Across the pond in New Orleans, our heroine Mary, he is having bad dreams. Flashes of Dracula, armor, and strobe lighting mix with her face until she awakens terrified. It’s a reasonable bit of foreshadowing considering Dracula is on his way to her in the thieves airplane. The first attacks from Dracula are fast and brutal, and more than once it’s succeeded in making me jump. Gary Tunicliff wields fake blood effectively, though I’ll index.jpgdmit I wish Dracula’s de-ageing were a little less sudden. Then again, when you got Gerard Butler  in your cast, you want to get his shirt off and have him looking pretty as quick as possible.

We effectively sidestep skepticism by having Johnny Lee Miller follow Van Helsing and almost immediately witness the vampires firsthand. They’re well done too, Gary Tunnicliffe chose to make them gruesome more by virtue of blood spatter rather then the physical deformity we see in Carpenter’s Vampires or Buffy the Vampire Slayer. Still, there is no mistaking the red eyes and fangs for anything less than monsters. Lussier delivers us a kinetic action scene before Van Helsing takes Miller aside to explain the plot. There is a new twist to the vampire legend here, the idea that Dracula is patient zero – the first vampire, and that the methods that destroy other vampires simply don’t work on him. It’s a logical, organic addition to the mythology. We get additional foreshadowing as silver Mardi Gras coins are dropped from a balcony while Dracula wanders the streets of New Orleans. Foreshadowing is actually something Lussier is good at and the general confusion and massive activity that we get from this admittedly small-scale Mardi Gras celebration provides a colorful and acceptable challenge to our vampire hunters. It’s no challenge for Dracula though, as he finds Mary‘s roommate Lucy to images3.jpgcontinue the game of cat and mouse that he is playing with her and her father.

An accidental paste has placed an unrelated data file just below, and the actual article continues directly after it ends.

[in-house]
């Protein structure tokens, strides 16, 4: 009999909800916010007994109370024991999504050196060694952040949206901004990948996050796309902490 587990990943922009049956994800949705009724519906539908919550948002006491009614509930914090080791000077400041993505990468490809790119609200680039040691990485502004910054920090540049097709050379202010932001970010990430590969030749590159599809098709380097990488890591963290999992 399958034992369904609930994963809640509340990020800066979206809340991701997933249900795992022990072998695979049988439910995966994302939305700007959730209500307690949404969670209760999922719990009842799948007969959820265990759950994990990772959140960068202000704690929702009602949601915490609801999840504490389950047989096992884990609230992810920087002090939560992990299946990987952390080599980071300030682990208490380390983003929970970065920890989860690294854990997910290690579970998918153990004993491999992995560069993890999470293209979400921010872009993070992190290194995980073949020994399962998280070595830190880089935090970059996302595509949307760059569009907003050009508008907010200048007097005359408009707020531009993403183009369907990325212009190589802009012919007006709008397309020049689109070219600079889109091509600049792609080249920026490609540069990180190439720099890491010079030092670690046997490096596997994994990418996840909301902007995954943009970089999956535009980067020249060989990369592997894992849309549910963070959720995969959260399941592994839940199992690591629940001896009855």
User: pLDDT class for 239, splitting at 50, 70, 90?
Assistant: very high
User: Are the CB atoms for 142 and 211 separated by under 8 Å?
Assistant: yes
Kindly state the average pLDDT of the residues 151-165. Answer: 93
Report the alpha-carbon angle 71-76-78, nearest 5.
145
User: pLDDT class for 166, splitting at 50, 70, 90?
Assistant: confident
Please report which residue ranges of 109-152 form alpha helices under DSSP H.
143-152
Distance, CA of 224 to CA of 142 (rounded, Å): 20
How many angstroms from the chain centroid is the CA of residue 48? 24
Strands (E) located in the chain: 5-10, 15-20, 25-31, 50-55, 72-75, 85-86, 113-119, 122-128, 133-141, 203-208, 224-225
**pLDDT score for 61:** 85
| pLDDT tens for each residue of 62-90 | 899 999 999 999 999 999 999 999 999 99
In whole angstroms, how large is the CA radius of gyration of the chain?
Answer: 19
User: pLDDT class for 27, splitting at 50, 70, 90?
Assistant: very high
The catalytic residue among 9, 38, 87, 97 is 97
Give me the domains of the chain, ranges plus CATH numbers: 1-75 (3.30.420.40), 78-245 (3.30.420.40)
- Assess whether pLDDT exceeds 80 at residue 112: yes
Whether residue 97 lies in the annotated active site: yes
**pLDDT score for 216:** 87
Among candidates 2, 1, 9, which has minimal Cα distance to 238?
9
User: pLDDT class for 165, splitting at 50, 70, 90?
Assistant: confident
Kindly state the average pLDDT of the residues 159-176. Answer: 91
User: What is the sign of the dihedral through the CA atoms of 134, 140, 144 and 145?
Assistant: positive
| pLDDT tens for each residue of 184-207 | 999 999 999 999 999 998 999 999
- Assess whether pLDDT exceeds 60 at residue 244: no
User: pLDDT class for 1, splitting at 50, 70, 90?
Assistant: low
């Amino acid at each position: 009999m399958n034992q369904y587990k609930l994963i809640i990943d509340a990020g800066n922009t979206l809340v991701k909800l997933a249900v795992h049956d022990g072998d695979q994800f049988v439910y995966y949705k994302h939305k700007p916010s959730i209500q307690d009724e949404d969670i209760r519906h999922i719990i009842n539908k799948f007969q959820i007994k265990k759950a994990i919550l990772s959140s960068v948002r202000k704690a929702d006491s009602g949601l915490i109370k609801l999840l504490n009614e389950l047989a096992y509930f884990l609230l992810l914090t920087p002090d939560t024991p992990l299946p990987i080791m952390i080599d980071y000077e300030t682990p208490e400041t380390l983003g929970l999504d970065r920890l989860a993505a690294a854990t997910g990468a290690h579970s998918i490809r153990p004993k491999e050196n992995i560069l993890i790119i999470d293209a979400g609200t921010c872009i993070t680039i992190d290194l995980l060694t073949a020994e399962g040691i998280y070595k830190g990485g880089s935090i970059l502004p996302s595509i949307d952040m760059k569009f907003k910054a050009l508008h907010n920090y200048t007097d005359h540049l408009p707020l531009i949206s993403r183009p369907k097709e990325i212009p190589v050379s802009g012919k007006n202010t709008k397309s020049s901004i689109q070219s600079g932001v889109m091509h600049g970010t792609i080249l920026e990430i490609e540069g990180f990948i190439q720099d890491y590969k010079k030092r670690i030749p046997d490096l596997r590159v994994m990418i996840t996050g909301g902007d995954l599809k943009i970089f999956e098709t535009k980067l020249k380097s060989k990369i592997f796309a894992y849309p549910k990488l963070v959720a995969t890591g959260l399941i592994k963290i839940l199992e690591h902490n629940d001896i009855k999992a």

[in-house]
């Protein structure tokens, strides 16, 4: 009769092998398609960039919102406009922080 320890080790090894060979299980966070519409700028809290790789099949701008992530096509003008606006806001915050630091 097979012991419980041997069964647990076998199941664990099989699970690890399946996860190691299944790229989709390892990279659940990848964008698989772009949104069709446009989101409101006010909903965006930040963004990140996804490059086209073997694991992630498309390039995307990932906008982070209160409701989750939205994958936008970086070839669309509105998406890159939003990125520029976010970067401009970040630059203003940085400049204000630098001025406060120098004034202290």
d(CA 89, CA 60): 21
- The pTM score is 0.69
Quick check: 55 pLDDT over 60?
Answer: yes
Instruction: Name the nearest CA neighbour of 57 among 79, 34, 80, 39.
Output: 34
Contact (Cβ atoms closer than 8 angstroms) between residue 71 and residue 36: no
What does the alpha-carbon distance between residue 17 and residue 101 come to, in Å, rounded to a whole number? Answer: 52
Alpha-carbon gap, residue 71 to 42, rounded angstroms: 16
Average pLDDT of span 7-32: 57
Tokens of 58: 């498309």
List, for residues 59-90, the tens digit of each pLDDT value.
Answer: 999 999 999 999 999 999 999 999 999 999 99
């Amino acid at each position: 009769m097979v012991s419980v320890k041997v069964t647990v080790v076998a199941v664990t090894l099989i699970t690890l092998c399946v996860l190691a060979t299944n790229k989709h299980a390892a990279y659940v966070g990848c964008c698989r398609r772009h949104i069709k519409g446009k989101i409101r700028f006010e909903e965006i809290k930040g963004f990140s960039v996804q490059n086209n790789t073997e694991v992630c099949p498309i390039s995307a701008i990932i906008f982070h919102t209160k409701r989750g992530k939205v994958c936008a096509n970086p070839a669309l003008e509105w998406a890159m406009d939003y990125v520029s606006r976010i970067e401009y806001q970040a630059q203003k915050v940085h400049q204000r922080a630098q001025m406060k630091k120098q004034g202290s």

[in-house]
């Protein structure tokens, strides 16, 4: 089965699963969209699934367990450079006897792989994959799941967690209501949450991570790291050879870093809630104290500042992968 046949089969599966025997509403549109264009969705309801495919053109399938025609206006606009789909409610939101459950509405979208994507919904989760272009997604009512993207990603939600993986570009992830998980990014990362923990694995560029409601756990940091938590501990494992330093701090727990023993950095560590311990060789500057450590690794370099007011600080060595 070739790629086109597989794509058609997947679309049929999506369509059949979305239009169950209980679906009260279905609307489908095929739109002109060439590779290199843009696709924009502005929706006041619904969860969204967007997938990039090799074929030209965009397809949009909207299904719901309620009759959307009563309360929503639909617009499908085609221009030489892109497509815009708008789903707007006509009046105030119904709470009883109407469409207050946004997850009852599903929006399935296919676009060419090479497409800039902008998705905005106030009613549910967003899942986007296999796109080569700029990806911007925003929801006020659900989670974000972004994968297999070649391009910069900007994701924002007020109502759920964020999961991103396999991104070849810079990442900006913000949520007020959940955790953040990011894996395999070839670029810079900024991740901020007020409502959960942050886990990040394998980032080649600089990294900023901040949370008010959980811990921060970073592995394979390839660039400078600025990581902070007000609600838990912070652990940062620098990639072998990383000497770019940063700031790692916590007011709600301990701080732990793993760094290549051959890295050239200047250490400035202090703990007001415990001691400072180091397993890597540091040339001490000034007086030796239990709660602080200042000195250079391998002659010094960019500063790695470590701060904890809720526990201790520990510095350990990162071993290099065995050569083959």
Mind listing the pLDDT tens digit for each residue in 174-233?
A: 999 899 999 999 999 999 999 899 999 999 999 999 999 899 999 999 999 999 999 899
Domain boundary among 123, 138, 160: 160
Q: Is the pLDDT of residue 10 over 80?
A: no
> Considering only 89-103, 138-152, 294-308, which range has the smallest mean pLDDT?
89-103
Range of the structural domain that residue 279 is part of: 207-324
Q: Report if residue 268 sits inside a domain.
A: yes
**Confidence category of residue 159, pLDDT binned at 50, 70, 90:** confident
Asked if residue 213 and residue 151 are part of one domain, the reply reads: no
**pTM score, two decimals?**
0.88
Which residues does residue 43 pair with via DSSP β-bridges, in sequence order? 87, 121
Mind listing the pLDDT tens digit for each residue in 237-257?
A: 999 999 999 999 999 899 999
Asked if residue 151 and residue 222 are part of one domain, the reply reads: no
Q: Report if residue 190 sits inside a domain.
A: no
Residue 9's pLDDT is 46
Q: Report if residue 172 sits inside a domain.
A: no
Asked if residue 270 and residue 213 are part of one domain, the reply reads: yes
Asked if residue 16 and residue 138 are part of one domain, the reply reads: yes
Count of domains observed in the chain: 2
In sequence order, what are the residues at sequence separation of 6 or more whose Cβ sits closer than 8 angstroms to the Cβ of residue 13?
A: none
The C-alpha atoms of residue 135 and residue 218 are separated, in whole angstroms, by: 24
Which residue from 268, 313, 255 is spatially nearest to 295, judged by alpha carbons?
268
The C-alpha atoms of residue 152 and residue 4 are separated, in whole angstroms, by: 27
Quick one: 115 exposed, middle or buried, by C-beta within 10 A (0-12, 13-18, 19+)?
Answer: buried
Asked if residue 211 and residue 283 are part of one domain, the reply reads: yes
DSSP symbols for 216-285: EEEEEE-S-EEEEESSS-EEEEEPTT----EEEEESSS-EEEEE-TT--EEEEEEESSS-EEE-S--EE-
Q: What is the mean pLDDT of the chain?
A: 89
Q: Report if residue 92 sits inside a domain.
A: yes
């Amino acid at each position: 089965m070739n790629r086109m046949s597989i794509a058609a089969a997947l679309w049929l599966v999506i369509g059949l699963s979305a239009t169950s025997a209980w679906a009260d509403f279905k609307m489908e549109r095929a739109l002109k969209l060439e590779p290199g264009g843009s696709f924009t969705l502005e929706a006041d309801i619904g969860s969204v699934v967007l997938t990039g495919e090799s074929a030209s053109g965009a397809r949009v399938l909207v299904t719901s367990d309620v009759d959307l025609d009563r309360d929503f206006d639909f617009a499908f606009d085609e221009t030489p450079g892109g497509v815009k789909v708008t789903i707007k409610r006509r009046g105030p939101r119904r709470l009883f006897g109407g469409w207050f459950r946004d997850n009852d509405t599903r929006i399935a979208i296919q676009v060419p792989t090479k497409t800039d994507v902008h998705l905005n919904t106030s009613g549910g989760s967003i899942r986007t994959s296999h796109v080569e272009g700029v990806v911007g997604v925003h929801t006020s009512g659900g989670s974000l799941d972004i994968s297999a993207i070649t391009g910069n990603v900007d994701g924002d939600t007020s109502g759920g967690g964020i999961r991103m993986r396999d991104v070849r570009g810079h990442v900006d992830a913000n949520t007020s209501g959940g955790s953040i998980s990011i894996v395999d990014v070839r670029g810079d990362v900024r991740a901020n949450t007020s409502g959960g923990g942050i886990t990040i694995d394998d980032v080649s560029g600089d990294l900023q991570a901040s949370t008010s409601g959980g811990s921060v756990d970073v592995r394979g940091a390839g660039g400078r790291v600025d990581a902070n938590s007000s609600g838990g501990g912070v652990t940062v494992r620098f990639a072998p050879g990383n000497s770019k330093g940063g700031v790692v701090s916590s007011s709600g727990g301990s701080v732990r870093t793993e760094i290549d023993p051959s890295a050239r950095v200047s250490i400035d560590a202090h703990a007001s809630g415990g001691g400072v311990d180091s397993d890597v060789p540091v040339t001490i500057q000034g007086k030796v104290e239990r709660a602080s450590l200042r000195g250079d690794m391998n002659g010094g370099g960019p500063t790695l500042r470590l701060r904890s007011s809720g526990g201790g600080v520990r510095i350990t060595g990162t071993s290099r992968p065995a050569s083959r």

Lussier creates an almost Suspiria like atmosphere to introduce the brides and finally give us our first real confrontation with Dracula. We get great wolf and bat imagery as Miller savers Mary and they race after the Church for sanctuary.

We get bloody scripture, exploding bibles and massive cemeteries, not to mention one of the best crucifixion scenes I’ve ever seen and as we finally discover the origins of the first vampire.

images55.jpgThere is some cringe here, brilliant dialogue like “we are also much more complicated than our names aren’t we? “Are undercut by goofy dialogue like “I don’t drink… Coffee”. The ever present Virgin Records marketing can get on your face a bit as well and the name itself is admittedly a bit hokey. Still, the imagery, the twist and the action all serve to make this one of my all-time favorite vampire films, second only to the Lost Boys. It’s an incredibly fun vampire romp, not overly grotesque like Fright Night or John Carpenters Vampires but still free of the over-the-top romanticism that Anne Rice and the later Twilight stories would infuse into the genre.